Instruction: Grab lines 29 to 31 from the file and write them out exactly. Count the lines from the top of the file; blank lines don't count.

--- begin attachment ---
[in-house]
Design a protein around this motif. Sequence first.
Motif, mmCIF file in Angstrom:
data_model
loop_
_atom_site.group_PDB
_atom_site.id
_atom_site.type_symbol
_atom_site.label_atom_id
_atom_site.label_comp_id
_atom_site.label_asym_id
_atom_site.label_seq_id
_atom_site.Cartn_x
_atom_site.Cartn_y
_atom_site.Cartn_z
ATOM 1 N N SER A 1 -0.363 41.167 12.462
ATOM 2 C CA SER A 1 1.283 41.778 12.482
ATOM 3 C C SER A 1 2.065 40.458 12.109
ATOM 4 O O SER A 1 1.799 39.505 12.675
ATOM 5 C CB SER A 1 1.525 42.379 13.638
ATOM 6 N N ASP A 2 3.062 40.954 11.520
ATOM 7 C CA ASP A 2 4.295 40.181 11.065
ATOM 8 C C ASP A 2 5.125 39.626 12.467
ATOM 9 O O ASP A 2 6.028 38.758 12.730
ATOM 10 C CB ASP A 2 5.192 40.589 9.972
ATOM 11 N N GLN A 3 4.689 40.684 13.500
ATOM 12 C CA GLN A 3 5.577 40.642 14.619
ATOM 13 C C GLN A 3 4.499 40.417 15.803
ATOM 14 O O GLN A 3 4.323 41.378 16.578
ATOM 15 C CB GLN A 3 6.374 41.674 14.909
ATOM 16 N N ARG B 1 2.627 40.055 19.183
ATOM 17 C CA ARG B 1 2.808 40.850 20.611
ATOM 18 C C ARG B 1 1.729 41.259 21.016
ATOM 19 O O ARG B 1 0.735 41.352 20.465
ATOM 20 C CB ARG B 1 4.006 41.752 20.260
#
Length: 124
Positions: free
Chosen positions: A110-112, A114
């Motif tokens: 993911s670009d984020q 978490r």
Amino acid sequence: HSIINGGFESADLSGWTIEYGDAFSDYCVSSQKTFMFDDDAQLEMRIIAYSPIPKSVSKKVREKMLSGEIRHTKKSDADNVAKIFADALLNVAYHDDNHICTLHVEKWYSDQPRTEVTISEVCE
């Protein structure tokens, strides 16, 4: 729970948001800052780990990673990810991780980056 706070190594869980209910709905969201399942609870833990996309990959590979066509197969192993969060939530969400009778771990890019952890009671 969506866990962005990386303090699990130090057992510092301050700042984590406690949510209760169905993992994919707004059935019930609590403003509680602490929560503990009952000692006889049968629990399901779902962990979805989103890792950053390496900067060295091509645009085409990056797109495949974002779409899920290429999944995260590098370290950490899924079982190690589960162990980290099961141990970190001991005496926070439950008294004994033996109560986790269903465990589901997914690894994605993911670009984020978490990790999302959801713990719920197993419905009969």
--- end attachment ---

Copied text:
ATOM 14 O O GLN A 3 4.323 41.378 16.578
ATOM 15 C CB GLN A 3 6.374 41.674 14.909
ATOM 16 N N ARG B 1 2.627 40.055 19.183